A Supreme Court decision announced the year after Forgay also provides support for this result. In Barnard v. Gibson, 48 U.S. (7 How.) 650, 12 L. Ed. 857 (1849), the Court dismissed an appeal from a federal circuit court for lack of jurisdiction where an injunction in a patent infringement action appeared to threaten irreparable harm. The Court distinguished Forgay by noting in dicta that it thought the circuit court should dissolve the injunction but require a bond, if possible. While there would be appellate jurisdiction today under section 1292(a)(1) over facts similar to Barnard (since an injunction was in question), Barnard is relevant to the facts in the case before us, since, as we have just noted, there is no appellate jurisdiction under section 1292(a)(1) over interlocutory writs of replevin. Barnard's reasoning is thus directly applicable to the situation before us here, for here irreparable harm may also be avoided by the posting of a bond. Thus cases generally addressing the effect of irreparable harm on appellate jurisdiction suggest that appellate courts should not accept jurisdiction of interlocutory orders where irreparable harm may be avoided.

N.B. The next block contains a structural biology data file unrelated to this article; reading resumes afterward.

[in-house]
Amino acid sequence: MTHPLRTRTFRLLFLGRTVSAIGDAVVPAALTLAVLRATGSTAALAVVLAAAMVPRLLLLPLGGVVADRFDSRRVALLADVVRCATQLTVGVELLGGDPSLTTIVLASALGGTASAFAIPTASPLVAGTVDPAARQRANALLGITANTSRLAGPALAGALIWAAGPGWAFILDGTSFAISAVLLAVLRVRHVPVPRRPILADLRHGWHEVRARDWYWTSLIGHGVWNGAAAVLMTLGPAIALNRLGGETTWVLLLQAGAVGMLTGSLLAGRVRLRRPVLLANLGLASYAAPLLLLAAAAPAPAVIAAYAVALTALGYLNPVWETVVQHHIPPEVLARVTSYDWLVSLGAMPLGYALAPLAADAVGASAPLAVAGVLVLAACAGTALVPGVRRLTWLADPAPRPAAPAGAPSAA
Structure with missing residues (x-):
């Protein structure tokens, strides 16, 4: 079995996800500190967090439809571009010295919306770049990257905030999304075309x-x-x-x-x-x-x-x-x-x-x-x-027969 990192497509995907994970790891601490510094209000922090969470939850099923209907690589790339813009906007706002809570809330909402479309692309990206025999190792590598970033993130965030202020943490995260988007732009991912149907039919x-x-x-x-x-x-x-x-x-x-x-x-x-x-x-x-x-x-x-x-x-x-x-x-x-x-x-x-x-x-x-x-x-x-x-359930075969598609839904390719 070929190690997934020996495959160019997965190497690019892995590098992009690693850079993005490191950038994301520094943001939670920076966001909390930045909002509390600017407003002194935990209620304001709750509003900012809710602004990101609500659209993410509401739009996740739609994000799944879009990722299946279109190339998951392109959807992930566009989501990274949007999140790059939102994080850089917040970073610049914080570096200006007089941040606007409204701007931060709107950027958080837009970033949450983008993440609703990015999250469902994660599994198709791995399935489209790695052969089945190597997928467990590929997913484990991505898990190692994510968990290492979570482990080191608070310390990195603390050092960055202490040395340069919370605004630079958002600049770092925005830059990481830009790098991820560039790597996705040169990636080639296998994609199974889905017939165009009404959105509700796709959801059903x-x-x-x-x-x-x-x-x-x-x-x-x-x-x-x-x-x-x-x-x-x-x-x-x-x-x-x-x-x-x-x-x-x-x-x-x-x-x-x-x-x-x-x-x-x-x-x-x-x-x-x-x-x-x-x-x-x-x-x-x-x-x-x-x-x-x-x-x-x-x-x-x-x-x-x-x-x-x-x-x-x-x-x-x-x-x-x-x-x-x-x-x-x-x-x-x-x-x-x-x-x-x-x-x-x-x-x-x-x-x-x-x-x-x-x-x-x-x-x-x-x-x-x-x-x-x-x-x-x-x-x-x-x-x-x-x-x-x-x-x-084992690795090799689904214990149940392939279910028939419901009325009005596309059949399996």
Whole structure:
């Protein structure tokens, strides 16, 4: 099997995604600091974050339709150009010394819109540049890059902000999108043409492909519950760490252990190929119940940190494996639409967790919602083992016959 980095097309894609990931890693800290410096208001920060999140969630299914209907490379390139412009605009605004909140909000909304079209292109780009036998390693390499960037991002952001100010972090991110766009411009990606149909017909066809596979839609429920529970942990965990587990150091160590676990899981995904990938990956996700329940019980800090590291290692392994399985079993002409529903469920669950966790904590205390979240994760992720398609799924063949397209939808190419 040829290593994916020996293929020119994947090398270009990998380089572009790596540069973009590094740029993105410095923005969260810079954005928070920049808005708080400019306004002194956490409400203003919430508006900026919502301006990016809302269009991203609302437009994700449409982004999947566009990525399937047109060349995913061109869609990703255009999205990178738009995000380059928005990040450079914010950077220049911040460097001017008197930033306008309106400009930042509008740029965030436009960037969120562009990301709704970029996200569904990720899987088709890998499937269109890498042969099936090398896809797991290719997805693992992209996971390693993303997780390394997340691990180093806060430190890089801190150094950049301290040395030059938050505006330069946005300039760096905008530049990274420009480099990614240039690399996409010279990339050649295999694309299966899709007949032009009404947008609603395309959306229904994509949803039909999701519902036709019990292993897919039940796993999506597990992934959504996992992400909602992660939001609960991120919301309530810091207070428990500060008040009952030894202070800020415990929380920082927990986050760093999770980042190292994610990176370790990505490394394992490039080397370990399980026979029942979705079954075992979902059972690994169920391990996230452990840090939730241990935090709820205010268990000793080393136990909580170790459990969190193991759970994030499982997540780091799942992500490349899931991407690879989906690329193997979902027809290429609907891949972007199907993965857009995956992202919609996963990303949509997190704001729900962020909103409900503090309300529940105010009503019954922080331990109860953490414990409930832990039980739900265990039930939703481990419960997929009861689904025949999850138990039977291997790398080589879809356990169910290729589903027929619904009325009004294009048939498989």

The cases following directly from Forgay also suggest the same result. Forgay itself involved an order in a bankruptcy case requiring the immediate transfer of property to an assignee by a bankrupt. The Biggins case in this circuit did not rely directly on Forgay but cited a Tenth Circuit case applying it, Biggins, 154 F.2d at 218 (citing Kasishke v. Baker, 144 F.2d 384, 385-86 (10th Cir. 1944)), in order to find jurisdiction. In Biggins the trial court had ordered partial summary judgment on amounts owed to the plaintiff as evidenced by two checks and had ordered immediate transfer of the amounts represented in those checks from the defendant to the plaintiff without any security to protect the defendant. Id. at 217-18. The posture of the case at bar, as we understand it, falls outside of the general rule applied in the Forgay cases. The fundamental concern allowing jurisdiction in cases under the Forgay doctrine is the threat of immediate irreparable harm that may only be tested if appeal is allowed directly from the order to transfer property. See, e.g., Radio Station WOW, Inc. v. Johnson, 326 U.S. 120, 122-25 & n.1, 65 S. Ct. 1475, 1477-79 & n.1, 89 L. Ed. 2092 (1945). The record before this court does not suggest that irreparable harm will occur if we do not at this point consider the appeal from the district court's partial summary judgment. Instead, the record in this case superficially appears to allow two differing interpretations. Either the district court meant in the "partial summary judgment" to dispose only of the question of prejudgment possession and perhaps foreclose further argument regarding that issue at trial pursuant to Rule 56(d), or the court meant to dispose finally of the ownership (and therefore the possession) issue. If the court meant to rule only on prejudgment possession, it is somewhat curious that the court did not mention the bond Indiana courts would require ODC to post in order to secure Wenruth from irreparable harm should Wenruth win on its conversion counterclaim (which still stands). See Ind. Code Ann. § 34-1-9.1-6 (Burns 1986). However, the district court's silence on that issue does not conclusively establish that the order was meant to be a final judgment, for the district court may simply have not considered whether a bond should issue. Thus while the failure to mention a bond in the order raises a question regarding the judge's intention it is not conclusive.